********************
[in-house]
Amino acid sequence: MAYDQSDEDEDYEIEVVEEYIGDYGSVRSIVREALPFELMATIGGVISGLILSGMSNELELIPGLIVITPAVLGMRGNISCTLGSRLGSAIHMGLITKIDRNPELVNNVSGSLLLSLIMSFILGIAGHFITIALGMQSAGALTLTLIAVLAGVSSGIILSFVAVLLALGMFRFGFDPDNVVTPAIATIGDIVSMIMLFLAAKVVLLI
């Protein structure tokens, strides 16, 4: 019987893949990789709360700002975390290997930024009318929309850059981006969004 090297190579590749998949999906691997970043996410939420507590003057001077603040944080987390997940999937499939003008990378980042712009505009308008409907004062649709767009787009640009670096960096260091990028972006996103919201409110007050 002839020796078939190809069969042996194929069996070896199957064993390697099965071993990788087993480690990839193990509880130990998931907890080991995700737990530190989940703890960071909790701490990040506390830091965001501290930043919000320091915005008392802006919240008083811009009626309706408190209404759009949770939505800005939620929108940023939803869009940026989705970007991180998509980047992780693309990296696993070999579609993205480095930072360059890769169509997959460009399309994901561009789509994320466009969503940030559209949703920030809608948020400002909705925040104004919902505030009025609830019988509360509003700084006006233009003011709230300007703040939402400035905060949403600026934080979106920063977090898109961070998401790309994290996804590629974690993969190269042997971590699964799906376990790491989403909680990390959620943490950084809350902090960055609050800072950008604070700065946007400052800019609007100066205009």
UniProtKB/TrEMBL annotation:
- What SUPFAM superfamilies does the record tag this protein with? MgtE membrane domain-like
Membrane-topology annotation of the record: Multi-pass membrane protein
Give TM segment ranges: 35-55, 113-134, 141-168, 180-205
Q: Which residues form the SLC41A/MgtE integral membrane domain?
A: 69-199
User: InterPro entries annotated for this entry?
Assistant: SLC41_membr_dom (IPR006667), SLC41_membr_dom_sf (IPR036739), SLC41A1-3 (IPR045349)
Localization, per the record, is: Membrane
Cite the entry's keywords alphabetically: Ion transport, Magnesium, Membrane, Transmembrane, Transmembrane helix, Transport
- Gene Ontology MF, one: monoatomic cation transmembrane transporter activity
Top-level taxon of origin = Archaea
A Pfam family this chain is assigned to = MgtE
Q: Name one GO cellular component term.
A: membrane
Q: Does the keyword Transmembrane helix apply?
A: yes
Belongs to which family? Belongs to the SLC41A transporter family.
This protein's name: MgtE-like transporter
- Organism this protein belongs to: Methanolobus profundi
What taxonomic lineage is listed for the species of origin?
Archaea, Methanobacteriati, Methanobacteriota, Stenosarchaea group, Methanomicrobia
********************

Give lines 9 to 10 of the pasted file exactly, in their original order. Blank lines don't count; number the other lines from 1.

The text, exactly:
A: 69-199
User: InterPro entries annotated for this entry?